Cw HS4 0.64 0.471 0.714 −3,801 0.00195 0.5 0.2863 
Cw HS5 0.64 0.471 0.714 −3,794 0.00191 0.50728 0.2939 
Cw HS 0.737 0.598 0.62 −2,604 0.0023 0.5  
Df HS1 0.474 0.33 0.903 −6,287 0.00203 0.5  
Df HS2 0.475 0.33 0.902 −6,256 0.0023 0.45044  
Df HS3 0.473 0.331 0.903 −6,292 0.00174 0.56201  
Df HS4 0.467 0.322 0.906 −6,407 0.00195 0.5 0.1309 
Df HS5 0.463 0.323 0.907 −6,468 0.00130 0.65944 0.1695 
Df HS 0.559 0.39 0.865 −4,907 0.0023 0.5  
Ds HS1 0.331 0.224 0.963 −393 0.00210 0.5  
Ds HS2 0.33 0.222 0.963 −394 0.0023 0.46617  
Ds HS3 0.329 0.221 0.963 −389 0.00240 0.44976   
Ds HS4 0.327 0.216 0.964 −392 0.00205 0.5 0.0854 
Ds HS5 0.327 0.216 0.964 −386 0.00211 0.48956 0.08 
Ds HS 0.419 0.275 0.941 −313 0.0023 0.5   
Dw HS1 0.534 0.409 0.873 −1,362 0.00199 0.5   
Dw HS2 0.527 0.405 0.876 −1,391 0.0023 0.44041   
Dw HS3 0.518 0.403 0.881 −1,424 0.00358 0.26577   
Dw HS4 0.48 0.345 0.898 −1,589 0.00171 0.5 0.4566 
Dw HS5 0.464 0.335 0.904 −1,654 0.00317 0.25526 0.4441 
Dw HS 0.667 0.478 0.802 −884 0.0023 0.5   
HS1 0.44 0.346 0.843 −762 0.00228 0.5   
HS2 0.44 0.346 0.843 −763 0.0023 0.49626   
HS3 0.438 0.346 0.844 −760 0.00256 0.45471   
HS4 0.38 0.292 0.883 −894 0.00188 0.5 0.4621 
HS5 0.378 0.29 0.884 −892 0.00146 0.59181 0.5134 
HS 0.44 0.347 0.843 −768 0.0023 0.5   
All HS1 0.846 0.599 0.785 −1,7548 0.00223 0.5   
All HS2 0.845 0.599 0.785 −1,7588 0.0023 0.48657   
All HS3 0.845 0.599 0.785 −1,7583 0.00234 0.47934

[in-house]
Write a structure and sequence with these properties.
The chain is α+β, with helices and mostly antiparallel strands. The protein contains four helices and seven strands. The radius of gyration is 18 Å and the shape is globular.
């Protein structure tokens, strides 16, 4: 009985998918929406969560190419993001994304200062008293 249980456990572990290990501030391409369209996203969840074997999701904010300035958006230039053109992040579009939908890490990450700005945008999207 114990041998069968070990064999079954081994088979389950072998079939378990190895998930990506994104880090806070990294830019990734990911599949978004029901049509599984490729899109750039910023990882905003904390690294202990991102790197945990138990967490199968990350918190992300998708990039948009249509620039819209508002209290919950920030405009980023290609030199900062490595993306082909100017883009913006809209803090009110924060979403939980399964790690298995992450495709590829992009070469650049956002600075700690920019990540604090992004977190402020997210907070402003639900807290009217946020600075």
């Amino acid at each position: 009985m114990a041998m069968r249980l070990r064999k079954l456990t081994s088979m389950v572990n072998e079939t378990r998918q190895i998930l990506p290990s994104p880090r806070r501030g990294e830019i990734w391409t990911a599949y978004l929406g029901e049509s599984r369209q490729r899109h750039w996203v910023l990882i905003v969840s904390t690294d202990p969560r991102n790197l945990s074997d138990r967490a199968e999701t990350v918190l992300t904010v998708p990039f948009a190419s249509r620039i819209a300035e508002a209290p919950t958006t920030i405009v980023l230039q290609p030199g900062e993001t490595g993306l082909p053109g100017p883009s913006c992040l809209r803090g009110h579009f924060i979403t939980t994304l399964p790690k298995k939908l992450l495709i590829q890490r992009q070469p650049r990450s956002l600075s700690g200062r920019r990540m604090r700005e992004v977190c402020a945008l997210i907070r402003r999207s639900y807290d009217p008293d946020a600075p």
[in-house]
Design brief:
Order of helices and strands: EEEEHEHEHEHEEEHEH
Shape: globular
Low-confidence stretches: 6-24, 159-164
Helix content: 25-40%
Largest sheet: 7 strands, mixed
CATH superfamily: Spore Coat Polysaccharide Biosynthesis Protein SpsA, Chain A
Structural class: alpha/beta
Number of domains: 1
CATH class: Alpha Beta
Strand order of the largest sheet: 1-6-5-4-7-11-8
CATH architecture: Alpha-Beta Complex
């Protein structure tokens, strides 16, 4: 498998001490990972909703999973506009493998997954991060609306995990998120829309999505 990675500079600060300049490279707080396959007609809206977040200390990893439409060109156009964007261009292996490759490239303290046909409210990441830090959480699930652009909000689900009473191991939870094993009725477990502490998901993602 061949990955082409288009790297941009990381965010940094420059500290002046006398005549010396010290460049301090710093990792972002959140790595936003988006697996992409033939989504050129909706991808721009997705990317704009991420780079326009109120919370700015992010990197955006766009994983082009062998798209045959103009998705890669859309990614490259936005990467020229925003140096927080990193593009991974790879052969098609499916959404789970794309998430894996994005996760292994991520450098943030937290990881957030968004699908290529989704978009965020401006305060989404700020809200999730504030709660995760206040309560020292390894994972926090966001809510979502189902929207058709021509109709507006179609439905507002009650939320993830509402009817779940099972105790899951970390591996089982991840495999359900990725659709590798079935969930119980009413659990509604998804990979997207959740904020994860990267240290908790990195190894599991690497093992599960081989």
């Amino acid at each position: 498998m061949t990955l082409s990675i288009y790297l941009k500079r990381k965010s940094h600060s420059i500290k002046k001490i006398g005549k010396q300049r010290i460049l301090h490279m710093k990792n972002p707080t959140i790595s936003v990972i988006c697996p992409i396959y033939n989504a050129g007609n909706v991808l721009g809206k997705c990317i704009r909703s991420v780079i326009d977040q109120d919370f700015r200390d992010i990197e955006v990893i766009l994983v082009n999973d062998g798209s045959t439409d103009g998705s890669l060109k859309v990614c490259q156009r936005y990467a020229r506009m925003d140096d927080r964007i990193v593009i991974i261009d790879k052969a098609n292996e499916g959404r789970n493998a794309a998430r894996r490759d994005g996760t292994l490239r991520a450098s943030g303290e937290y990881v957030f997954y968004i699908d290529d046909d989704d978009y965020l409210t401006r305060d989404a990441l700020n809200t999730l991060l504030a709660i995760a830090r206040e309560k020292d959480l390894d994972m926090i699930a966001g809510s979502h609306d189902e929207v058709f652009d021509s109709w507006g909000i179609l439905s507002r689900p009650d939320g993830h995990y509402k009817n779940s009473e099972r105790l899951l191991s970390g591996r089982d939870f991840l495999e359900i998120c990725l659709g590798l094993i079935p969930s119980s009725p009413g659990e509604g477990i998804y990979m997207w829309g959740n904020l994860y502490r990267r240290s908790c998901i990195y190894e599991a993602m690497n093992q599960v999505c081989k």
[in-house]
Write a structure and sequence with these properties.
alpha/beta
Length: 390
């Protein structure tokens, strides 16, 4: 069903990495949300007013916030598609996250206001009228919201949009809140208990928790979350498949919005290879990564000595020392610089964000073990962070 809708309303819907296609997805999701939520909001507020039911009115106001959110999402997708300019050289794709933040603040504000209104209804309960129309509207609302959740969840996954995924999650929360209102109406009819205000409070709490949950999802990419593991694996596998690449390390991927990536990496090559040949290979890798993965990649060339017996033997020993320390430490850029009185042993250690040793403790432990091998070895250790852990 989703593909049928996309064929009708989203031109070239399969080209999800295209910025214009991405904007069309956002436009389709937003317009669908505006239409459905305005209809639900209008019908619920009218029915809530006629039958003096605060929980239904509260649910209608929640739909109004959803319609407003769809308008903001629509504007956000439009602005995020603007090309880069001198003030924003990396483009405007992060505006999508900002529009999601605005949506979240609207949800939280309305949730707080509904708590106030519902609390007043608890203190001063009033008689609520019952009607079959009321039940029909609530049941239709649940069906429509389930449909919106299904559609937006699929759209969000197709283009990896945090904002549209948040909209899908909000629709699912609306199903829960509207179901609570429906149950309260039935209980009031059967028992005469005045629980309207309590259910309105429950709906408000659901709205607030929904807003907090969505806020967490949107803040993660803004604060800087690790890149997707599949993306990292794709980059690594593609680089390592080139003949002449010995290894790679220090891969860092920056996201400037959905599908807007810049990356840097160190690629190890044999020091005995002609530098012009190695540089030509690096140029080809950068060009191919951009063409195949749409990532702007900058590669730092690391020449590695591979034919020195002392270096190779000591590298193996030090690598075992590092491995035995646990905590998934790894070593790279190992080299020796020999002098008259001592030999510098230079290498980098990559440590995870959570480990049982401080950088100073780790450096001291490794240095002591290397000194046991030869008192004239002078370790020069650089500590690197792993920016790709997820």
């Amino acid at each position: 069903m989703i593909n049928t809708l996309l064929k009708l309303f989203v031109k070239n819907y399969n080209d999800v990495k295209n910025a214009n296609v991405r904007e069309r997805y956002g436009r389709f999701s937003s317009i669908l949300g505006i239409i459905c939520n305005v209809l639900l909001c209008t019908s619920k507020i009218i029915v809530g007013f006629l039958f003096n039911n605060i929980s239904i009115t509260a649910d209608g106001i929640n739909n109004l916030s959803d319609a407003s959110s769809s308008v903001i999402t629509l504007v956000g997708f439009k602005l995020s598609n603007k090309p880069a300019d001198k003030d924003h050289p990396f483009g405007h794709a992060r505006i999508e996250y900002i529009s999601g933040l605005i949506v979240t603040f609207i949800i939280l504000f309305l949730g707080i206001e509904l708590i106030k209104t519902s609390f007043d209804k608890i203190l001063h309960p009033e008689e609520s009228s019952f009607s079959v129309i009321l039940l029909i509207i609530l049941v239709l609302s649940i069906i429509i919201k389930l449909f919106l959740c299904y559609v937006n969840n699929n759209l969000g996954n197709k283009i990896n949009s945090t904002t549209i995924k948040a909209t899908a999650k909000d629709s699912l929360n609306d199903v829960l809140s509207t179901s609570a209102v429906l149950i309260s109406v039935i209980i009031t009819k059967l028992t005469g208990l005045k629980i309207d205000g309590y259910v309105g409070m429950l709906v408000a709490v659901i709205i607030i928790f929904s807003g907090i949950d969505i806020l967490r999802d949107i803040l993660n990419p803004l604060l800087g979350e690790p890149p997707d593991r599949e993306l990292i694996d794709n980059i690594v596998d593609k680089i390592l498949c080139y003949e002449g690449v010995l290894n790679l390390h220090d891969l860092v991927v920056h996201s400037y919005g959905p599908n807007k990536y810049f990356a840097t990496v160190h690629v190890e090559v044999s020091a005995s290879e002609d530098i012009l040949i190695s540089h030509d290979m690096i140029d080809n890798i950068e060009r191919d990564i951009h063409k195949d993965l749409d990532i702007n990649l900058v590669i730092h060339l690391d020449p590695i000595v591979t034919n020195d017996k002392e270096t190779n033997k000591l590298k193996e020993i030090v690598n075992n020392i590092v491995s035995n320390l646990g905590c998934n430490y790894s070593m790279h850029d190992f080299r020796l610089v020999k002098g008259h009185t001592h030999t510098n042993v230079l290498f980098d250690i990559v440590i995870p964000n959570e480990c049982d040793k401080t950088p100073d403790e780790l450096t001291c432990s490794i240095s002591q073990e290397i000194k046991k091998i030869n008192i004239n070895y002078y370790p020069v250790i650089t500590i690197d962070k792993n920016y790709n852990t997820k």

All HS4 0.844 0.595 0.786 −1,7743 0.00216 0.5 0.1272 
All HS5 0.844 0.595 0.786 −1,7734 0.00219 0.49465 0.1214 
All HS 0.855 0.625 0.78 −16,366 0.0023 0.5  

Best fit coefficients are in bold font while default values are in italics.

Both MAE and RMSE are lowest for ETHS5 (sometimes together with ETHS3 or ETHS4). Improvements compared to the original HS method in MAE and RMSE are in the order of 20 to 50% for all three Köppen A classes. For other climate classes improvements are in the order of 10 to 40%.

In the ETHS5 model, the highest errors are observed in the dry B classes with RMSE (ETHS5) = 1.211 mm day−1 for climate class BW (desert) followed by the class BS with RMSE (ETHS5) = 0.881 mm day−1. The lowest errors are observed in the class Ds with RMSE (ETHS5) = 0.327 mm day−1 followed by the E climates with RMSE (ETHS5) = 0.378 mm day−1.

Mean ETo per climate class ranges from 1.91 mm day−1 in polar climates to 5.13 mm day−1 in deserts. Given this wide range of more than factor 2.5 in mean ETo it is reasonable to look at a relative MAE, defined as MAE over ETav per climate class. Figure 2 shows these relative values of MAE. For ETHS5 highest relative MAE occurs in Df climates with 18.7% of the mean ETo followed by BW with 17.9%. The lowest MAE with respect to mean ETo occurs in climate class Af with 9%, followed by Ds with 10.1% and As with 11%. These ratios are considerably higher for the original HS method. Since HS was originally calibrated for semi-arid climates no substantial improvements are achieved for the BS climate class.

Figure 2

Relative MAE (MAE over mean ETo per climate class) of HS and various calibrations of HS. Values of mean ETo per climate class in mm day−1 are provided as well.

Figure 2

Relative MAE (MAE over mean ETo per climate class) of HS and various calibrations of HS. Values of mean ETo per climate class in mm day−1 are provided as well.